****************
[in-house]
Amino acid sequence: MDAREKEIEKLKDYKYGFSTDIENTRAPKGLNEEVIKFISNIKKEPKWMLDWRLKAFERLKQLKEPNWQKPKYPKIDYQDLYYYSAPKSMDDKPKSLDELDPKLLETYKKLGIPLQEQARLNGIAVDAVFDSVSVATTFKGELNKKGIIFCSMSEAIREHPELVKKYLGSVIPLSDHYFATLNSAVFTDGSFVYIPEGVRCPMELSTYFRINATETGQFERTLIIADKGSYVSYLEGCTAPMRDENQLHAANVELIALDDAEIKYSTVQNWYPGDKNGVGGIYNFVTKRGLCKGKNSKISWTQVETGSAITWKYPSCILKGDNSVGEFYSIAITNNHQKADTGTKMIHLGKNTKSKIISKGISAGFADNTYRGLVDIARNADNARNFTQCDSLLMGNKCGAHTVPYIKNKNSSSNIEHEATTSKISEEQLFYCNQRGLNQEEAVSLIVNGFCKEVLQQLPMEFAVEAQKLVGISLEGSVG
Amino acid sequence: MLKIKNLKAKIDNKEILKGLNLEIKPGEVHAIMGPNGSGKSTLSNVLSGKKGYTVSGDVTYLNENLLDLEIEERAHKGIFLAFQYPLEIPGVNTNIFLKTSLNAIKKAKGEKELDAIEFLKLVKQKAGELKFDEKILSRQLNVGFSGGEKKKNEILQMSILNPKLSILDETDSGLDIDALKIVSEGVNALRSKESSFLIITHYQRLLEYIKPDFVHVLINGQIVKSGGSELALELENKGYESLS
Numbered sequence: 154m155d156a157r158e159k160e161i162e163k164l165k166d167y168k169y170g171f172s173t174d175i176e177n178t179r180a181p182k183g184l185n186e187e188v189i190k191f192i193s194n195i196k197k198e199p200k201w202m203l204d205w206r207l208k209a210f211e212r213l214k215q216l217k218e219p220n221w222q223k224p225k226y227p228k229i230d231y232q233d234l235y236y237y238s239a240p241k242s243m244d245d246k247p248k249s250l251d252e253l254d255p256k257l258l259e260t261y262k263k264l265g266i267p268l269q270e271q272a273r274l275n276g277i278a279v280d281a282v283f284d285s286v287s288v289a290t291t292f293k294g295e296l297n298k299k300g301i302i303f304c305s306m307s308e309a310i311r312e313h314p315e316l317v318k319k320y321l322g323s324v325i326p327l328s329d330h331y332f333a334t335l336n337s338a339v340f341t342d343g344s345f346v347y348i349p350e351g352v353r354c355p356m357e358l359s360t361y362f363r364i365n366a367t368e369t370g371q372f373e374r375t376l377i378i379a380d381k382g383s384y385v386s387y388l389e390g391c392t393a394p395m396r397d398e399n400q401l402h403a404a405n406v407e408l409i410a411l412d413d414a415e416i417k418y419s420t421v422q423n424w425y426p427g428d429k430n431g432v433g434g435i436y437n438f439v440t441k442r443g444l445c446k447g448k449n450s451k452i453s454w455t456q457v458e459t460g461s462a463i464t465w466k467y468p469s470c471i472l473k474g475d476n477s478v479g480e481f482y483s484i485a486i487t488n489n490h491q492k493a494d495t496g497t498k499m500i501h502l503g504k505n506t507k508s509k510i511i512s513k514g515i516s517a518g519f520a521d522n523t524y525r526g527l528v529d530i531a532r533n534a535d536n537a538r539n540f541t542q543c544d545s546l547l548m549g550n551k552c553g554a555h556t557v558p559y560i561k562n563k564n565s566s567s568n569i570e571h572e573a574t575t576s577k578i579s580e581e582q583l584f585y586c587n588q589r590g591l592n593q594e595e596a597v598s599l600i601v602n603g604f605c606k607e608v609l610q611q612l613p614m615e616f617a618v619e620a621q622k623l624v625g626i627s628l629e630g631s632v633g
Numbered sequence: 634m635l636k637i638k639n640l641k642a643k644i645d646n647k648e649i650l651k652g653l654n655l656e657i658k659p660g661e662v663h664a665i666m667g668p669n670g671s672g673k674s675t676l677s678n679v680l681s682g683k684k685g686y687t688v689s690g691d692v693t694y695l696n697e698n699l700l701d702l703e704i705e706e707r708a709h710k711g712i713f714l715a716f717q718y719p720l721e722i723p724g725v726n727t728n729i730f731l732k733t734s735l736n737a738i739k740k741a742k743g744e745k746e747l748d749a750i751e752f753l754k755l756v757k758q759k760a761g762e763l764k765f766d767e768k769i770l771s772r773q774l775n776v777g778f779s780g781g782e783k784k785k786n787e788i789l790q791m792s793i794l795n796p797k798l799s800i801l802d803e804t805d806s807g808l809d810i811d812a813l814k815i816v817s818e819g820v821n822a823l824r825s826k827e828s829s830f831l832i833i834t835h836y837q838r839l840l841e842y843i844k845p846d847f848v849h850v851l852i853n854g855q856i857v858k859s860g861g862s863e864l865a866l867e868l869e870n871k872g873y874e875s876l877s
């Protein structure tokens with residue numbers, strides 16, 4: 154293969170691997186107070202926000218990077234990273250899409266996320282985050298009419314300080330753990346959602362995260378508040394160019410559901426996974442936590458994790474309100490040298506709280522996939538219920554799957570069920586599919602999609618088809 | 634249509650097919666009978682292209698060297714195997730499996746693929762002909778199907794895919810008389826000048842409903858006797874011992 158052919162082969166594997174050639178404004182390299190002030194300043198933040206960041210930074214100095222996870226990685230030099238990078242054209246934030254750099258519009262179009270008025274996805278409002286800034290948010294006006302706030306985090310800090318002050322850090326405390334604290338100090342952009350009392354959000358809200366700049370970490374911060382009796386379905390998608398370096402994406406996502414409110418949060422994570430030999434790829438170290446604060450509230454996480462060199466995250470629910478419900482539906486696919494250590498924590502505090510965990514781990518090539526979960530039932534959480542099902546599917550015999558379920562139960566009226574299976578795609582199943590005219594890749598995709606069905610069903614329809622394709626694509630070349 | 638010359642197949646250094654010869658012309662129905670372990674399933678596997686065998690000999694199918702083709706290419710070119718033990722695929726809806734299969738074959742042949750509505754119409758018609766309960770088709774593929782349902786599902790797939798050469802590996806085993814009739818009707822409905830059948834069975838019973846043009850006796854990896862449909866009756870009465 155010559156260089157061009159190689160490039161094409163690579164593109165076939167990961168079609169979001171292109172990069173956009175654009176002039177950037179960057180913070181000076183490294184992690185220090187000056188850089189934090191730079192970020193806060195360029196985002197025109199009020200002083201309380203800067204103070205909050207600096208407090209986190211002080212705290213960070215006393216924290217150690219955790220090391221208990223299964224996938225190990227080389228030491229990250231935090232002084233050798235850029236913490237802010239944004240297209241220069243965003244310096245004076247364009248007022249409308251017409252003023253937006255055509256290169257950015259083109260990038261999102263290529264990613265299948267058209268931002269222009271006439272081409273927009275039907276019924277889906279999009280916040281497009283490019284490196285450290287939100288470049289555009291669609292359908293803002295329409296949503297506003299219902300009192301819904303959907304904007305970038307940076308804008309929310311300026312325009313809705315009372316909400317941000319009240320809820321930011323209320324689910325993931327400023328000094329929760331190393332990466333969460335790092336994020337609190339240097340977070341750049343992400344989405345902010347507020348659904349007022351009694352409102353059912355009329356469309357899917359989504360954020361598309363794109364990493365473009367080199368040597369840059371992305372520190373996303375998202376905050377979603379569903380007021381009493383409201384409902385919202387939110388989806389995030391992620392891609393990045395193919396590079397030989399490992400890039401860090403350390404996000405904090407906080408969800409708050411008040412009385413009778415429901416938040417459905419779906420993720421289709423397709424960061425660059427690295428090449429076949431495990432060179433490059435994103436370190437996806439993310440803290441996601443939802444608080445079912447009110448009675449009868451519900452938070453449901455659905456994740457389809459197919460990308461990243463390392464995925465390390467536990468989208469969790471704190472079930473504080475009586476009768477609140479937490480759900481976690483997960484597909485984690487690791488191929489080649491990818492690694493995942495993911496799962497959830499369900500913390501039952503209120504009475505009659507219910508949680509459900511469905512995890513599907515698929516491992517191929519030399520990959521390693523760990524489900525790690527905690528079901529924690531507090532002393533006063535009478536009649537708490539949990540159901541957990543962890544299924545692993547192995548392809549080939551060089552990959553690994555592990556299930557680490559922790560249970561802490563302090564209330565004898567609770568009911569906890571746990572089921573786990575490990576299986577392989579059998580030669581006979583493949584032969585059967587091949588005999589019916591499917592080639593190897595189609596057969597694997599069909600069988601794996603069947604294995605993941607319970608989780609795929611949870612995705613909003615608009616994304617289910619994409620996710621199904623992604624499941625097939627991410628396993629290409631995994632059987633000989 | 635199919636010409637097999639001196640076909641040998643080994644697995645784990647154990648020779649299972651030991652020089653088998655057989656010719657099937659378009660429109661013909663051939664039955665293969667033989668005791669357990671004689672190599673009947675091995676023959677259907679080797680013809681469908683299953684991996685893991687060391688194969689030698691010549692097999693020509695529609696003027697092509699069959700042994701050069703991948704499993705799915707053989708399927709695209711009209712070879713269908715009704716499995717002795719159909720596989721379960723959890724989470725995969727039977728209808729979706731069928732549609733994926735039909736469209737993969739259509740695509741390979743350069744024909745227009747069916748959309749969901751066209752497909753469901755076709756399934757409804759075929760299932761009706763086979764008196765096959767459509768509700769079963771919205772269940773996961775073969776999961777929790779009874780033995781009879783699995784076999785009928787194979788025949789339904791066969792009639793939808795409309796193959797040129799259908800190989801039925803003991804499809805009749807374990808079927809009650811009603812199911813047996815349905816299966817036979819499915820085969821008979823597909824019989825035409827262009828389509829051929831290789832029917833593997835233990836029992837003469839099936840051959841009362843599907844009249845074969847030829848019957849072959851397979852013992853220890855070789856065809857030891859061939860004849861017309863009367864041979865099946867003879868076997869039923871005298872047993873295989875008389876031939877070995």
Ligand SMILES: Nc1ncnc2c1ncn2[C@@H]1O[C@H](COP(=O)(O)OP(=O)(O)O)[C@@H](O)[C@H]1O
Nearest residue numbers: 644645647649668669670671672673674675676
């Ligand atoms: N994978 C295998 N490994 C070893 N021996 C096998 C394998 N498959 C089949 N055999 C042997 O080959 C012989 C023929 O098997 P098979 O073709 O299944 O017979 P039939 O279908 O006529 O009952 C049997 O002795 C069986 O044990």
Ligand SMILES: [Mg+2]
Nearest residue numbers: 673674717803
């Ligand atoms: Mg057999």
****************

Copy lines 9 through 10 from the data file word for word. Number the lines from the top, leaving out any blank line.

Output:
């Ligand atoms: N994978 C295998 N490994 C070893 N021996 C096998 C394998 N498959 C089949 N055999 C042997 O080959 C012989 C023929 O098997 P098979 O073709 O299944 O017979 P039939 O279908 O006529 O009952 C049997 O002795 C069986 O044990």
Ligand SMILES: [Mg+2]